Is this newspaper really the voice of Western values that people want to endorse?

And if we look at some of the loudest voices speaking out in favor of the publication of the Danish cartoons today, they are people with deeply troubling agendas. Most prominent among them in the United States is former United Nations ambassador – and raving neoconservative pit bull – John Bolton. An alumnus of Yale who has signed a letter to the university condemning its failure to publish the cartoons, Mr. Bolton has said that “the whole episode was an example of intellectual cowardice.

Coming from a man who supported the neoconservative cabal that lied us into war in Iraq, the statement “intellectual cowardice” carries a great deal of irony. Had he and his neoconservative comrades been more intellectually cowardly (rather than just cowardly in the draft-dodging sense), thousands of American soldiers and millions of Iraqis would still be alive today. (Mr. Bolton’s one moment of intellectual honesty perhaps came in his Yale 25th reunion book, where he remarks on why he chose to join the Maryland Army National Guard during the Vietnam War: “I confess I had no desire to die in a Southeast Asian rice paddy. I considered the war in Vietnam already lost.“)

The fact that a cowardly warmonger like Mr. Bolton is one of the most prominent voices in support of the cartoons reveals a painful truth in the Muslim critique of the whole issue – that deep down, the cartoons are not about free speech and never have been. That those who embrace them really do so out of a general hatred for Islam and a desire to humiliate Muslims.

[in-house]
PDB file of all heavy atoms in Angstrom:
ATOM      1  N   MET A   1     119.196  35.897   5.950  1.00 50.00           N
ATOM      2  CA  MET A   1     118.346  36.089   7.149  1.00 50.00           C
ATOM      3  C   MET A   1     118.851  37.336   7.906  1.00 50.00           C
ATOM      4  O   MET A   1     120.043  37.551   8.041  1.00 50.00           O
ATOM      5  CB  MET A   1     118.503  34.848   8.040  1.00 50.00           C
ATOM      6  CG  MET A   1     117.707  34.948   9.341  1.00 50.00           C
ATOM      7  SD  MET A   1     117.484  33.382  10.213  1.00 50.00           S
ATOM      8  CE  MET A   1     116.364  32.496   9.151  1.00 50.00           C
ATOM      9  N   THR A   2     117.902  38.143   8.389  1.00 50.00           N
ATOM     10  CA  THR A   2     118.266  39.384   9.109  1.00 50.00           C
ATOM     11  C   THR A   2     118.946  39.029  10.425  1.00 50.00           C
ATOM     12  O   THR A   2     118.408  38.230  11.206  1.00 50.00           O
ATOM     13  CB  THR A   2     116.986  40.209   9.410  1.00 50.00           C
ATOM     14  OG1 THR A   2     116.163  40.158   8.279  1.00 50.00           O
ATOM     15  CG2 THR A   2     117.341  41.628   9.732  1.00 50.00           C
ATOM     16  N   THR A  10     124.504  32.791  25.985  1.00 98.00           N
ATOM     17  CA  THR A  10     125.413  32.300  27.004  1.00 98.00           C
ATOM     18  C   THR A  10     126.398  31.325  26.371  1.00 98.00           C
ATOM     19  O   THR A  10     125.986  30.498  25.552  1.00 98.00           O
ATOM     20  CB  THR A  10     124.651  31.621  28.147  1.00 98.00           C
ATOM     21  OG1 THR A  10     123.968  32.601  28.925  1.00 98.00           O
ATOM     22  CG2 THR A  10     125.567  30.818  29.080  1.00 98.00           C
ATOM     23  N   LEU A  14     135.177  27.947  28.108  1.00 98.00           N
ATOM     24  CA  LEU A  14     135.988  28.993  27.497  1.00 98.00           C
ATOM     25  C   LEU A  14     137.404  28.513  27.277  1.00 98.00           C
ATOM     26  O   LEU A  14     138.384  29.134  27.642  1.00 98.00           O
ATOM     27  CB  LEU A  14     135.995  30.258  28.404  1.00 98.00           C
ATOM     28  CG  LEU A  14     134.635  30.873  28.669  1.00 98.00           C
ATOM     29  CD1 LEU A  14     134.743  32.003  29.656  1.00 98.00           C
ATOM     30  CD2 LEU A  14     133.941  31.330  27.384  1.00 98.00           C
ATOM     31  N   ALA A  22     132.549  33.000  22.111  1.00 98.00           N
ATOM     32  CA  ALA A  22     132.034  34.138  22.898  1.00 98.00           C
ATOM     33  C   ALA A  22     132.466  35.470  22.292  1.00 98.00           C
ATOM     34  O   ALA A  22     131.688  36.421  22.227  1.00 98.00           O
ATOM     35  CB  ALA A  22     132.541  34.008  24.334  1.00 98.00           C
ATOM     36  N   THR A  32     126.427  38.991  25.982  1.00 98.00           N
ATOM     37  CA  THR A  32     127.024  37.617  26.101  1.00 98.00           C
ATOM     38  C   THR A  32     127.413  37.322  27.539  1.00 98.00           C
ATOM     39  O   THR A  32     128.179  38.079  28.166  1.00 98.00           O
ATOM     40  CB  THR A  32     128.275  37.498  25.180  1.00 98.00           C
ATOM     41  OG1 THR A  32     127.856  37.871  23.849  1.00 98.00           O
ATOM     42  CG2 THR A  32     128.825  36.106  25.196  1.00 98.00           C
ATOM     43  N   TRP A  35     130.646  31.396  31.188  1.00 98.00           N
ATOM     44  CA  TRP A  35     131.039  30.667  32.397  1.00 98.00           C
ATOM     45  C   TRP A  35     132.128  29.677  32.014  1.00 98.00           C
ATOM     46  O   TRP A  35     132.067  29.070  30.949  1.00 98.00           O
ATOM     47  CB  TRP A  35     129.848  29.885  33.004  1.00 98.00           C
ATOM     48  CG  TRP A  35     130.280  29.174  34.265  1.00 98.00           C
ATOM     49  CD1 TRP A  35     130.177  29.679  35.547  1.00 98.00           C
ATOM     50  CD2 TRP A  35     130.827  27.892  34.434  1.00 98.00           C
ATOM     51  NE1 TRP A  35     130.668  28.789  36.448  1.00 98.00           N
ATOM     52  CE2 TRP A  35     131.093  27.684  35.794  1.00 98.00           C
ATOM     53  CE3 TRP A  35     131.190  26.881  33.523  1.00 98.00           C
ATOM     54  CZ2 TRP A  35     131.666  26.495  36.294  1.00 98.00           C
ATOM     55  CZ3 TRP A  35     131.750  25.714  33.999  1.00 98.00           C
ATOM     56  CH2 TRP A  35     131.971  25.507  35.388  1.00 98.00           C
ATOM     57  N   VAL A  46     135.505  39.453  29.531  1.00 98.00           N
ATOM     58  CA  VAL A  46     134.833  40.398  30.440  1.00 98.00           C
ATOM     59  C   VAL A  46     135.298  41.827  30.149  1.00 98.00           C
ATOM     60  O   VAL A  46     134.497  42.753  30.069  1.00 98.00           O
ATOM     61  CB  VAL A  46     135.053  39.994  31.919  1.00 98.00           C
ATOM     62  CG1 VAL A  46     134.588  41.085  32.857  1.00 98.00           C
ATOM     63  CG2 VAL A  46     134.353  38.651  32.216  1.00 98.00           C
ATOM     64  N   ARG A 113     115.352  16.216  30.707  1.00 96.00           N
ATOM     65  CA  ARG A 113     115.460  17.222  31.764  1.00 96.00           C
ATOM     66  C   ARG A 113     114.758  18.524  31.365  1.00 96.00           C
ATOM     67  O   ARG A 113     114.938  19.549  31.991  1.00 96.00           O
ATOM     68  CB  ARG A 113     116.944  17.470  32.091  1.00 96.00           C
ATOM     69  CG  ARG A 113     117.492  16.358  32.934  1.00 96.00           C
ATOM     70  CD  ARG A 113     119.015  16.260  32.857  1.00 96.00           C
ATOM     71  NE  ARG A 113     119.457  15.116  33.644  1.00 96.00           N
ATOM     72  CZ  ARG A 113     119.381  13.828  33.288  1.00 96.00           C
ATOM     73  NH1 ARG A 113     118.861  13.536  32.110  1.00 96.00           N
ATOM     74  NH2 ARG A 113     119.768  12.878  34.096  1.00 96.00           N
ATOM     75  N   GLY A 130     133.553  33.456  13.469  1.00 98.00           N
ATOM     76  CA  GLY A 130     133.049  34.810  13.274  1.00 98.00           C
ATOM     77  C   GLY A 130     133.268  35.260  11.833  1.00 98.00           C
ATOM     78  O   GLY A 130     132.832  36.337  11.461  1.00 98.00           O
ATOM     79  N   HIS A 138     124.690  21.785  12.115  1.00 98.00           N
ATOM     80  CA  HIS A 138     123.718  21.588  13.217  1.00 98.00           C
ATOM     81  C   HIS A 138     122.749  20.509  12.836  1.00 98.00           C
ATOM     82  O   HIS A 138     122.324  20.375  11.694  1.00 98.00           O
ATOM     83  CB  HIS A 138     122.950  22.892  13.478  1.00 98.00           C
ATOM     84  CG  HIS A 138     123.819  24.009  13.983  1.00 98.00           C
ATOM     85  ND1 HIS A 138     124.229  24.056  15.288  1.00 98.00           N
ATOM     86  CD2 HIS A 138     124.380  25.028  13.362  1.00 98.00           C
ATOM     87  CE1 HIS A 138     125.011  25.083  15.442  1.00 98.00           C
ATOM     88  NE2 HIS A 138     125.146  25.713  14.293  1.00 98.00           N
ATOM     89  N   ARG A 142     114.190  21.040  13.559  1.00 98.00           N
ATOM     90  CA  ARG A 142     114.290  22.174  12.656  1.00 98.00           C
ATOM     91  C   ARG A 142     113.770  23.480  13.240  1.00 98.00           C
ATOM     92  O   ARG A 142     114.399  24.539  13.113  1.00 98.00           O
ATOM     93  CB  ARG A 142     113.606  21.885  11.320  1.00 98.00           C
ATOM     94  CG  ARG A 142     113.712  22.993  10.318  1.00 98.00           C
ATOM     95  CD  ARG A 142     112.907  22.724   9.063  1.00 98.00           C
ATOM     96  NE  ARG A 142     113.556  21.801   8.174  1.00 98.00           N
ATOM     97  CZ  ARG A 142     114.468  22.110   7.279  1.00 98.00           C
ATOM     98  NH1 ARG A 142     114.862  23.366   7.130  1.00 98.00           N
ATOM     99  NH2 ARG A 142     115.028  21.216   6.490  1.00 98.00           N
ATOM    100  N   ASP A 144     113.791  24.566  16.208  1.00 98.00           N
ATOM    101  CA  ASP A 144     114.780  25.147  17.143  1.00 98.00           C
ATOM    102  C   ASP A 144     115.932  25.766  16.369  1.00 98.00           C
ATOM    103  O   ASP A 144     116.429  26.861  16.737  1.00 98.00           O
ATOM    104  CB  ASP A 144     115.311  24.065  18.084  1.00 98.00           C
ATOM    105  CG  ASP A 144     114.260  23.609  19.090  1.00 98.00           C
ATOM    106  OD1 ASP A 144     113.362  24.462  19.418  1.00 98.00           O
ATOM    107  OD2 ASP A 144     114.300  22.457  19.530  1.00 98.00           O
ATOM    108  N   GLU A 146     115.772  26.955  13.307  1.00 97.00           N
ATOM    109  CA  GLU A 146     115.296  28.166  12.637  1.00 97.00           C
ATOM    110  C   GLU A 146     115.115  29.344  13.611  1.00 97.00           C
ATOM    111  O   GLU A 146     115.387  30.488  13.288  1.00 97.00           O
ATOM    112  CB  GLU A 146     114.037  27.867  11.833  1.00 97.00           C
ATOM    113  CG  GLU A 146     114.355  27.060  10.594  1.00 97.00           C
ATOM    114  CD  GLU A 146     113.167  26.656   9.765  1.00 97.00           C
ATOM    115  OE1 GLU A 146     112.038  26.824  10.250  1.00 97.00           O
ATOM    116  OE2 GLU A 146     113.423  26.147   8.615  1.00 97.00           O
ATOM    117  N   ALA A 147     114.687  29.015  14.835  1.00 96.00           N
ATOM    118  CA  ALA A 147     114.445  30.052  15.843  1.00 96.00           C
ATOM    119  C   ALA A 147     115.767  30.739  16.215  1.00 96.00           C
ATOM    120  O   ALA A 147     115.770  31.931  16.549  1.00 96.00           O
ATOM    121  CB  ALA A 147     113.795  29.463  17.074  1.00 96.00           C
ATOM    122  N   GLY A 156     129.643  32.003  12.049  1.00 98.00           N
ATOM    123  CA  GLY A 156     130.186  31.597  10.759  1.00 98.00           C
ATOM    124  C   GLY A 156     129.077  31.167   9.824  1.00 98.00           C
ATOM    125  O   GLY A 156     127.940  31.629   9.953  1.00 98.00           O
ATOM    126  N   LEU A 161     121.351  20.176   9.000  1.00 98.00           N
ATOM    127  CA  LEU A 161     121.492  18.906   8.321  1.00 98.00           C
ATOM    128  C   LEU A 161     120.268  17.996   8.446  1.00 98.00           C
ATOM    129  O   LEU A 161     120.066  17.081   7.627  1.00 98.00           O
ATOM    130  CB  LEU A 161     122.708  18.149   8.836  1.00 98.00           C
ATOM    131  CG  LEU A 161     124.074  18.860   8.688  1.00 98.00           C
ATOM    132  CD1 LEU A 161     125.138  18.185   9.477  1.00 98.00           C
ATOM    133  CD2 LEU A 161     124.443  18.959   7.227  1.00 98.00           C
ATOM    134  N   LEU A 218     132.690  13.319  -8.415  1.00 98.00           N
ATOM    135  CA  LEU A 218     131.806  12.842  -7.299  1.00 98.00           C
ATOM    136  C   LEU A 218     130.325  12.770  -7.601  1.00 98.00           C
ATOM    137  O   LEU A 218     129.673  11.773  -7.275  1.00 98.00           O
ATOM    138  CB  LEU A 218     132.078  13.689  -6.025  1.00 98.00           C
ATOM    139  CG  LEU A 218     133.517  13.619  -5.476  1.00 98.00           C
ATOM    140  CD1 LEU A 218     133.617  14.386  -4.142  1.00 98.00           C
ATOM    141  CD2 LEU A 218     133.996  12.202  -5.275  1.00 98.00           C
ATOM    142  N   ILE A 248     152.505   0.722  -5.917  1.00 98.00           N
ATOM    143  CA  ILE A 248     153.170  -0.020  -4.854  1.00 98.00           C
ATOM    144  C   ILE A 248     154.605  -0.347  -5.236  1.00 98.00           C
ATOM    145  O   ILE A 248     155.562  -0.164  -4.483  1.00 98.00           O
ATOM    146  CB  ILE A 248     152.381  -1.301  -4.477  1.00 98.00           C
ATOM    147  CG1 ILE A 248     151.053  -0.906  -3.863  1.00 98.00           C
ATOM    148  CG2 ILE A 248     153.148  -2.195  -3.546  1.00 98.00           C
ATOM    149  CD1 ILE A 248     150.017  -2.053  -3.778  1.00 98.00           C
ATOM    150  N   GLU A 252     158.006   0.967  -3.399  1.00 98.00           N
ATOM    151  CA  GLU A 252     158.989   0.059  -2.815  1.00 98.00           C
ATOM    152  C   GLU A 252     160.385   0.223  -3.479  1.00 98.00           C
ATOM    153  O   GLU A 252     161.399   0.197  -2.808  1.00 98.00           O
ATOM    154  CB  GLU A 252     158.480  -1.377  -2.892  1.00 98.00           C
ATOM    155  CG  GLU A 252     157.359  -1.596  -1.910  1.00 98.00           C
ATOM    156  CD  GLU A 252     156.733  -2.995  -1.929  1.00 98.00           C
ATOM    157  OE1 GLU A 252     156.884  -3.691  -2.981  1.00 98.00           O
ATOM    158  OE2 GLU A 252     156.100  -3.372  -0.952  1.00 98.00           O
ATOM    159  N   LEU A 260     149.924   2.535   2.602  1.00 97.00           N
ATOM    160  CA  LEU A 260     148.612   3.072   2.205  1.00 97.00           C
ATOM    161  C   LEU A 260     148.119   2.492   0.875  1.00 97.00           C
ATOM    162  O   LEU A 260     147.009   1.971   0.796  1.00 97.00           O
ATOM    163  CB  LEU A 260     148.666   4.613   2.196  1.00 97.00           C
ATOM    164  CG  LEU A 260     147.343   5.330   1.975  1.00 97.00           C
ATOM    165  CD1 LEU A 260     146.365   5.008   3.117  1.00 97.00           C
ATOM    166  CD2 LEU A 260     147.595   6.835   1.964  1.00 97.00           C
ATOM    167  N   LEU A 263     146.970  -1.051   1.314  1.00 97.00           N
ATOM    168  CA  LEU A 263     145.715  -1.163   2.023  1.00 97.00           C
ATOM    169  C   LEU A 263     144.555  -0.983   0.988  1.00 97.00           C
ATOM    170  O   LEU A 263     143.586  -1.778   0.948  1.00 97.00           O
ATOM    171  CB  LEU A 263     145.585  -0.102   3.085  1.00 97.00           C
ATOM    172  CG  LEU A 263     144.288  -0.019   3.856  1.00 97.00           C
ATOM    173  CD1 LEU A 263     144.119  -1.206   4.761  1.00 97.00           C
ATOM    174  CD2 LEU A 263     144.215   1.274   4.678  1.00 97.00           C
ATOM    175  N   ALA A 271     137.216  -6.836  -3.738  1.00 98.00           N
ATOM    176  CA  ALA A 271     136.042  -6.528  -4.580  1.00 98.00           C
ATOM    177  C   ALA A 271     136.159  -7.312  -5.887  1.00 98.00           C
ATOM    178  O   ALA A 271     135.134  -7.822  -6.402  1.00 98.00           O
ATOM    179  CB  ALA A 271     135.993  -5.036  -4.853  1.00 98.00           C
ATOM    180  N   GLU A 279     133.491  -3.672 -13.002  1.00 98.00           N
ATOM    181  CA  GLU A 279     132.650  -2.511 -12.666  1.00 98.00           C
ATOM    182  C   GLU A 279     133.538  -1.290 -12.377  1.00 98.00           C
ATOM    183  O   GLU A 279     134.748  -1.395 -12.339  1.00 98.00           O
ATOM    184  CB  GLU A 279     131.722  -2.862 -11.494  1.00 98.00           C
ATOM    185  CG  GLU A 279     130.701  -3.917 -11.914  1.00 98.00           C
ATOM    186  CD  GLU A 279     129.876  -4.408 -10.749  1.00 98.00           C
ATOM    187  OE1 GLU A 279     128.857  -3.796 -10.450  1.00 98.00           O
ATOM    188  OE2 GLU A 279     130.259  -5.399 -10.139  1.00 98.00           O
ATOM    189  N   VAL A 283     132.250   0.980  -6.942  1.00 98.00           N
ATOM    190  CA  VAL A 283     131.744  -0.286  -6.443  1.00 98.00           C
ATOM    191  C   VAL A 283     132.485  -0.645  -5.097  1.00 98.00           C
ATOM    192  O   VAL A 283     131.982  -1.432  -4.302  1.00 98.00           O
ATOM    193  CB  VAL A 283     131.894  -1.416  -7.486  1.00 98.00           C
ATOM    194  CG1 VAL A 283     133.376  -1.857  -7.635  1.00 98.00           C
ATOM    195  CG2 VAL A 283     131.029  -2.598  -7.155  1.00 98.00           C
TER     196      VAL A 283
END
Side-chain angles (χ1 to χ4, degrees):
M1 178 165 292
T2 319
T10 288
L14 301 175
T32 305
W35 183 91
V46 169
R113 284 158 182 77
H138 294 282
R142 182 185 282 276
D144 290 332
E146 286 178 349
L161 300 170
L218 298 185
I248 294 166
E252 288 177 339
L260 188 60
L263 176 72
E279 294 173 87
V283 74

Indeed, a quick search of the blogosphere will find that the websites that are most loudly trumpeting the news of Yale’s decision are Islamophobic in nature. The anti-Muslim vitriol and racism on some of these sites is deeply sickening. Let there be no doubt — these are the champions of the cartoons and these are their loudest proponents.

So I ask the reader to consider – would you so fervently support cartoons mocking the lynching of African Americans published and championed by racists? I have no doubt that the American Civil Liberties union would support Ku Klux Klan members’ right of free speech. But would the general populace also rush to their defense, calling the KKK courageous and heroic for standing up to the blacks (and whites) who would voice outrage at such cartoons?

In Iran, the crass “International Holocaust Cartoon Competition” was enacted to show the double-standards of Westerners championing the Danish cartoons. Cartoons meant to question the historical scholarship on the Holocaust were published by the Iranian newspaper Hamshahri, which challenged Western newspapers to publish them with the same fervor as they did caricatures of Prophet Muhammad. Most media outlets refused to do so.